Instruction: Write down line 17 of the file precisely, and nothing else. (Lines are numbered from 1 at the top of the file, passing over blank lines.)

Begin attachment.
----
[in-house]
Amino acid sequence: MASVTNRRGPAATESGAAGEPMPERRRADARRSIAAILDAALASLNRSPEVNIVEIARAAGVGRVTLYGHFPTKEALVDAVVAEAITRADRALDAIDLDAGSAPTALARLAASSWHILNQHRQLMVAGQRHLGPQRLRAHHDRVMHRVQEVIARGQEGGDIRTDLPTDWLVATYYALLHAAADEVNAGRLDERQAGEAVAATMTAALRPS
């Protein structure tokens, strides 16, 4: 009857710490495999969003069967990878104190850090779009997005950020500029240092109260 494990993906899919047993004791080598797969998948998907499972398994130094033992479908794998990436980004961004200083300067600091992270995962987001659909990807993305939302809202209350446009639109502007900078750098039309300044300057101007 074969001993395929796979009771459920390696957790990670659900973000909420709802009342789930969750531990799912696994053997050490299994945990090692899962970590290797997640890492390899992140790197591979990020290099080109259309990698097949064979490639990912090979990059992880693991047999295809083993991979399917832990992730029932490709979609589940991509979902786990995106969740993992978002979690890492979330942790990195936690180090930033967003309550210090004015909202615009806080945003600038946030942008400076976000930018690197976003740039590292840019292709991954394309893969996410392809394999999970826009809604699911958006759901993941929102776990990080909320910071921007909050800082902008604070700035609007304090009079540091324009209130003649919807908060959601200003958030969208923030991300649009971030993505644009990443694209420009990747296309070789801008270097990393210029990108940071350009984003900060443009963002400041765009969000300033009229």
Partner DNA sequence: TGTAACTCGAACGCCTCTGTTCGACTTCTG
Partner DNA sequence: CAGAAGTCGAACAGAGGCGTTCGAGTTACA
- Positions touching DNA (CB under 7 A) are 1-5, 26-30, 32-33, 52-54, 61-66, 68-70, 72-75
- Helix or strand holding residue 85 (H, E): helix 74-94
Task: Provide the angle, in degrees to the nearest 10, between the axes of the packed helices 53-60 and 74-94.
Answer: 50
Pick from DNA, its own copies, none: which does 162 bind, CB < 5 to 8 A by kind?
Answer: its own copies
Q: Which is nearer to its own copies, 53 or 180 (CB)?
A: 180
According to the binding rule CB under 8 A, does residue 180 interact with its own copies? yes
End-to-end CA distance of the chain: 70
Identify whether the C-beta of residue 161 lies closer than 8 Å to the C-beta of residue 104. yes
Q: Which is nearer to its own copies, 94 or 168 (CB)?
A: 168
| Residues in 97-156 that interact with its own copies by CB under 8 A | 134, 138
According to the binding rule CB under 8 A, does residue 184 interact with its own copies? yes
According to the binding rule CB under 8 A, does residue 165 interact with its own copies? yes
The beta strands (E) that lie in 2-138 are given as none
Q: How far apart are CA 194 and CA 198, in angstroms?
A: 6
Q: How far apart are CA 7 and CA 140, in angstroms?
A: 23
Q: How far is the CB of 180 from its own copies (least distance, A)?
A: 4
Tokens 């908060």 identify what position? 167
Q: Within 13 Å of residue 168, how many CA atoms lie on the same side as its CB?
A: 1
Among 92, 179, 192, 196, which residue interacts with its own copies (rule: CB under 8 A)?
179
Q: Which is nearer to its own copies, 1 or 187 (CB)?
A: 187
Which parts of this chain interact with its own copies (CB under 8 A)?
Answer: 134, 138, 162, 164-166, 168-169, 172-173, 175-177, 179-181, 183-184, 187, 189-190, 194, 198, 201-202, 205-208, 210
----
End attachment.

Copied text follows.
Q: Which is nearer to its own copies, 94 or 168 (CB)?